According to a new report by the U.S. National Oceanic and Atmospheric Administration (NOAA), the first ten months of 2014 have been the warmest since record keeping began more than 130 years ago. NOAA reports that the combined global land and ocean average surface temperature for the January-October period was 0.68°C (1.22°F) above the 20th century average of 14.1°C (57.4°F). For October, it was 0.74°C (1.33°F) above the 20th century average of 14.0°C (57.1°F).
The high October temperature was driven by warmth across the globe over both the land and ocean surfaces, says NOAA, and was fairly evenly distributed between the Northern and Southern Hemispheres. The Southern Hemisphere had its hottest October on record and the Northern Hemisphere its third warmest.
October marked the third consecutive month and fifth of the past six with a record high global temperature for its respective month (July was fourth highest).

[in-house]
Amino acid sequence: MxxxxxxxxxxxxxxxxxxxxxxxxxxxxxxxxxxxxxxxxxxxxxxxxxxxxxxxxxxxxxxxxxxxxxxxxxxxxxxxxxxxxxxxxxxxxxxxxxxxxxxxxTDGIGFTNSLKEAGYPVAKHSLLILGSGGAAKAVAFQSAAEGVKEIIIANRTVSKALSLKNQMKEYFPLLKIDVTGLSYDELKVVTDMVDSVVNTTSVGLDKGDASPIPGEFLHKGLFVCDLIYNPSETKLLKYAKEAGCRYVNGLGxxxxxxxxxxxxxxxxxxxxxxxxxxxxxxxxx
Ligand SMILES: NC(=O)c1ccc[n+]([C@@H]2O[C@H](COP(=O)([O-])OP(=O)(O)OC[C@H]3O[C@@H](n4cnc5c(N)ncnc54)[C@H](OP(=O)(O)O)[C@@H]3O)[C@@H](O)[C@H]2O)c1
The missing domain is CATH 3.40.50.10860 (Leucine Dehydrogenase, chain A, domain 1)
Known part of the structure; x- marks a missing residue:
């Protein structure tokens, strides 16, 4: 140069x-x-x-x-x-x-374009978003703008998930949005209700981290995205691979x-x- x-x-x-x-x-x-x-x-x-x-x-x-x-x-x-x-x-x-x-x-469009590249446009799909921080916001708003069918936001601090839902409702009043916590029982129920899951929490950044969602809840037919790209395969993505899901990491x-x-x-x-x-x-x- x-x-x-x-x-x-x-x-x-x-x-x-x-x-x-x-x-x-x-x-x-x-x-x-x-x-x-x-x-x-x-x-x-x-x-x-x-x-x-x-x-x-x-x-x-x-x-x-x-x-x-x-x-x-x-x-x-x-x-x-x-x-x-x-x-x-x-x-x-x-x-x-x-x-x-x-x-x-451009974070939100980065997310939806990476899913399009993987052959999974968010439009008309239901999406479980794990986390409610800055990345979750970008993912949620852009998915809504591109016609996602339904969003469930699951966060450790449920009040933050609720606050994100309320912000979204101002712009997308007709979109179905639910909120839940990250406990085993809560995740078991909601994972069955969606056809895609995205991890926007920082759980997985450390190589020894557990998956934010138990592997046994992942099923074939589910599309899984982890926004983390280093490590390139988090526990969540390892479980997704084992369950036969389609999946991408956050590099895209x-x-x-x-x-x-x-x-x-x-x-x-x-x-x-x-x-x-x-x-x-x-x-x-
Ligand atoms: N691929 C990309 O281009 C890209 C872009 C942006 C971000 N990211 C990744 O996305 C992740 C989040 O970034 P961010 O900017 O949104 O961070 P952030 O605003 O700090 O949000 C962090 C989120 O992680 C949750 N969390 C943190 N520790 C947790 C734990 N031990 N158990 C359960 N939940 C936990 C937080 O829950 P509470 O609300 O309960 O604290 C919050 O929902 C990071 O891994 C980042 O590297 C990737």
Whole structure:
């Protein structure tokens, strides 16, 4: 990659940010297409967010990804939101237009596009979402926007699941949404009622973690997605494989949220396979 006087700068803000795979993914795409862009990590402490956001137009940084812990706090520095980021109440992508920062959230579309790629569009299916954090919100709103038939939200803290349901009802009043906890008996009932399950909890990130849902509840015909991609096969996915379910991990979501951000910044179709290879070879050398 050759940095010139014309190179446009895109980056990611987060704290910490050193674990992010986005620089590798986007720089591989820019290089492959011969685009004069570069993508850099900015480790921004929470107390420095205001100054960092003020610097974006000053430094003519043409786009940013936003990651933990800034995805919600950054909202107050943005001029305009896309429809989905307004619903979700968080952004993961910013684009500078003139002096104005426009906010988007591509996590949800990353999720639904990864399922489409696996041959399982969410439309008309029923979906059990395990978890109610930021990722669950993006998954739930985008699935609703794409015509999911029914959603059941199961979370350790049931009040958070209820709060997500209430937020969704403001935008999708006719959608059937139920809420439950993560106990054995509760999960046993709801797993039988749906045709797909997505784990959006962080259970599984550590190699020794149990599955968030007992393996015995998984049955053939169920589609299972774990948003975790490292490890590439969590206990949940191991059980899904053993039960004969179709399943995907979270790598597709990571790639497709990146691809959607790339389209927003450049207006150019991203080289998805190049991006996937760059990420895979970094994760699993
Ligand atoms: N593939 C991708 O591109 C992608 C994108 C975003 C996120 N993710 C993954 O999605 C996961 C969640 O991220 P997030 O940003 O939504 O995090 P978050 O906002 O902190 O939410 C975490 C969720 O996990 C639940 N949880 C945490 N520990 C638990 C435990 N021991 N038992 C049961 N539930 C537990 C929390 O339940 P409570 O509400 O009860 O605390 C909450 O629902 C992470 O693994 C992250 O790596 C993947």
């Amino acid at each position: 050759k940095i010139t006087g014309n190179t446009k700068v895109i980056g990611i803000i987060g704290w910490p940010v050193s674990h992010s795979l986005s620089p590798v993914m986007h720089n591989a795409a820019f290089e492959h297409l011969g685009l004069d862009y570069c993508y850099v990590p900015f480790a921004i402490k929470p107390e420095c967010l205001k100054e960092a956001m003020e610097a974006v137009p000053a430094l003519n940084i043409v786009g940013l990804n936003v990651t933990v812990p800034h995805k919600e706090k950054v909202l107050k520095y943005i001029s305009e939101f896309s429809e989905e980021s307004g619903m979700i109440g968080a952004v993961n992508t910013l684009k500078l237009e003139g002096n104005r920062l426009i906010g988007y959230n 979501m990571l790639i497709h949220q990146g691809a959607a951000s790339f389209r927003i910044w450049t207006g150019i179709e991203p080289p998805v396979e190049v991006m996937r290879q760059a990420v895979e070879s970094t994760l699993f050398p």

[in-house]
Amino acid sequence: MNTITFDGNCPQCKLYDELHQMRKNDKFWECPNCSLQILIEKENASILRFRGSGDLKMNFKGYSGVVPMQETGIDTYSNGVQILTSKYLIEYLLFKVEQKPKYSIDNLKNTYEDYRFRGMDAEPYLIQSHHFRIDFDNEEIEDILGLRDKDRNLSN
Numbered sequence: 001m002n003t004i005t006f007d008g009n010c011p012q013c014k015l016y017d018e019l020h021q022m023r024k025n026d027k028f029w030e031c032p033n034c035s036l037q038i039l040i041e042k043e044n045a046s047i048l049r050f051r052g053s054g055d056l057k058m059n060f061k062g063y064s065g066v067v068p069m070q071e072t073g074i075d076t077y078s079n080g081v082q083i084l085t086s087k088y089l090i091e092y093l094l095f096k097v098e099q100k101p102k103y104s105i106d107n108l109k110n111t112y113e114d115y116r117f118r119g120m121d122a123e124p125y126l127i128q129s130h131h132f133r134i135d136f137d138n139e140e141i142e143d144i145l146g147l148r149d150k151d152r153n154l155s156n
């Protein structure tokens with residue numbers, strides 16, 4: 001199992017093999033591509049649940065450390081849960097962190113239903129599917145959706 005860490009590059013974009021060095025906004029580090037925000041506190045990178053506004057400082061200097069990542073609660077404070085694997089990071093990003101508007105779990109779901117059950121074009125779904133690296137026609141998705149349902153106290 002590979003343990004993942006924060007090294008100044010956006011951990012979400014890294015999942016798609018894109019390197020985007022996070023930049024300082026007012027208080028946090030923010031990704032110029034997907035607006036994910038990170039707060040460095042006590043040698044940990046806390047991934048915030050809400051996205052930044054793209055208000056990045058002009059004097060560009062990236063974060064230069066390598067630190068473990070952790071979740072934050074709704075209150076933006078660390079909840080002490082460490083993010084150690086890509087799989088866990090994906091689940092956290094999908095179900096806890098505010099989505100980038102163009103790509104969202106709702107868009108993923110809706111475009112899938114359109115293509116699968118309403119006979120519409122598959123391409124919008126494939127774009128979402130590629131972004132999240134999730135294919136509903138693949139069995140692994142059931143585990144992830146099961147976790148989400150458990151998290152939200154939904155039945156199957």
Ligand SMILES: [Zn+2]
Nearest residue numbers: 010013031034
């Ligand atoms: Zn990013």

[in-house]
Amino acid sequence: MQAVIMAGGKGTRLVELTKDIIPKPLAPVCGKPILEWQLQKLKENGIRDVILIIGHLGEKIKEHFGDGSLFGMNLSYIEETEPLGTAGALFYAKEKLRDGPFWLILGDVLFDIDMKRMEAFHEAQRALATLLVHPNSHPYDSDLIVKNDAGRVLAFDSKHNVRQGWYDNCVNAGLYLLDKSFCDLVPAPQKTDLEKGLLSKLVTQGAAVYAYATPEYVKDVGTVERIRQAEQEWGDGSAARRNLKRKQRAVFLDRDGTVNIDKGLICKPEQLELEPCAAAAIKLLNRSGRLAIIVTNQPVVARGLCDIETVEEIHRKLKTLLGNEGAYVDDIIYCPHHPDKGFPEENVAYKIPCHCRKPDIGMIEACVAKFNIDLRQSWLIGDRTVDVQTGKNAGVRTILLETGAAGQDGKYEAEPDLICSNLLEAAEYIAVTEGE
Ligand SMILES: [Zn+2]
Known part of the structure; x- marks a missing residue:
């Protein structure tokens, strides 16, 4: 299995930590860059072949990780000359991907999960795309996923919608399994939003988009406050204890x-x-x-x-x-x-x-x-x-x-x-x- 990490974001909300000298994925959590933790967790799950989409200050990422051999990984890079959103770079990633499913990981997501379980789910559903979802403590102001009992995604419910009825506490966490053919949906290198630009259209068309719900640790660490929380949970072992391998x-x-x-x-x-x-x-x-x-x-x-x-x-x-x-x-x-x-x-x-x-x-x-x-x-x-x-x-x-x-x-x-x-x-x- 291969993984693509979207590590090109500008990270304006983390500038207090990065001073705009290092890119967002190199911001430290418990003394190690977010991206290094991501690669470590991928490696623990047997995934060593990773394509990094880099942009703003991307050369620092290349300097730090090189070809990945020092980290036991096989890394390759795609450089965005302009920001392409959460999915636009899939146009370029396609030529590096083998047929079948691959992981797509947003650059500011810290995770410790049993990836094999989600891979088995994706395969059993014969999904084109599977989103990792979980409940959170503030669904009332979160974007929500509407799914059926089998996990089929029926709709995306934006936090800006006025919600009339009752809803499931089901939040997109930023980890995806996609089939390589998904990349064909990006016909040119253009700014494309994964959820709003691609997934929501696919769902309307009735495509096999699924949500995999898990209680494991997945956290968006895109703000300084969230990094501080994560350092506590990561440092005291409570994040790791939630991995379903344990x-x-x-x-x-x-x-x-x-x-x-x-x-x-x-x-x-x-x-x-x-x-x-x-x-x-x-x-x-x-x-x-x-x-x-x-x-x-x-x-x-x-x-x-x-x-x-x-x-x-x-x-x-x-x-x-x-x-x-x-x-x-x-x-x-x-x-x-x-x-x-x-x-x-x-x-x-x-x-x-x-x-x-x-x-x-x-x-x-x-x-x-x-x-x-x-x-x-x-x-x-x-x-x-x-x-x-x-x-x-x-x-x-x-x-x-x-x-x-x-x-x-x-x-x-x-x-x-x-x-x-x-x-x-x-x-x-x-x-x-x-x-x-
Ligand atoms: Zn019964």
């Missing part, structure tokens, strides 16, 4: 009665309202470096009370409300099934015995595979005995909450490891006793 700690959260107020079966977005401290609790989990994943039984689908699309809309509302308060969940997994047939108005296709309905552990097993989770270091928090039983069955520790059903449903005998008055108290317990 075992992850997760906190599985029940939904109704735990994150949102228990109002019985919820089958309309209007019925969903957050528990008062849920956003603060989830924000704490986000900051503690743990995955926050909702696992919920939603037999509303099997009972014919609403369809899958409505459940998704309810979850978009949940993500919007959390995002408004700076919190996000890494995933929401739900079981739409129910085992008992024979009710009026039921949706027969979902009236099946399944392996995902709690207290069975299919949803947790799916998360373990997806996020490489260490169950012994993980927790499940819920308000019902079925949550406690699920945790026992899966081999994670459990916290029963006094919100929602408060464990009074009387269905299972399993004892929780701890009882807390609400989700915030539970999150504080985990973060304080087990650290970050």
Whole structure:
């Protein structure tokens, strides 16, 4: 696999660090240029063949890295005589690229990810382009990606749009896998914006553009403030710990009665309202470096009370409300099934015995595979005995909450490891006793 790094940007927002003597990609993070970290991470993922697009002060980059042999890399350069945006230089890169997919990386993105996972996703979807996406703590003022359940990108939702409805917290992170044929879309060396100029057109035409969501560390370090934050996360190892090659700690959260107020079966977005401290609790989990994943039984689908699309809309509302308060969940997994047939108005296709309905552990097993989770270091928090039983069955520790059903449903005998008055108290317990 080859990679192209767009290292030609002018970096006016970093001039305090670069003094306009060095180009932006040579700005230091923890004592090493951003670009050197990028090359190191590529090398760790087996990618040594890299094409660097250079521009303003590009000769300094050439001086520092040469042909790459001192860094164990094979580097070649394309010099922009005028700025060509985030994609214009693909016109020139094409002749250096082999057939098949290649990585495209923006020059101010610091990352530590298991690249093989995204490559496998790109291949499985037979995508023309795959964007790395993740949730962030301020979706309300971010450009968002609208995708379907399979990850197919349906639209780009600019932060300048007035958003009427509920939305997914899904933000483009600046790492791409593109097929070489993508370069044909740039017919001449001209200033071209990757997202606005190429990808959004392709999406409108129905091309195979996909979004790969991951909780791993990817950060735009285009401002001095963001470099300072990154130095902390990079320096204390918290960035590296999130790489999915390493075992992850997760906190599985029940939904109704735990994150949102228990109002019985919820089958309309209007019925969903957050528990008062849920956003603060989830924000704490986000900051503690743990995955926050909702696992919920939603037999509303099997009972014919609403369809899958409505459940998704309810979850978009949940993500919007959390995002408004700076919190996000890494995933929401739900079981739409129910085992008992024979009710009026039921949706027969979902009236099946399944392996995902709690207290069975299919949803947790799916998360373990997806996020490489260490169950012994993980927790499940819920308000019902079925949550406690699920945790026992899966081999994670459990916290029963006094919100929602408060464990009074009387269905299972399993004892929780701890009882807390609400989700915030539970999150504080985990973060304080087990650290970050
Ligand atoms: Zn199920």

Eleanor Imster has helped write and edit EarthSky since 1995. She was an integral part of the award-winning EarthSky radio series almost since it began until it ended in 2013. Today, as Lead Editor at EarthSky.org, she helps present the science and nature stories and photos you enjoy. She also serves as one of the voices of EarthSky on social media platforms including Facebook, Twitter and G+. She and her husband live in Tennessee and have two grown sons.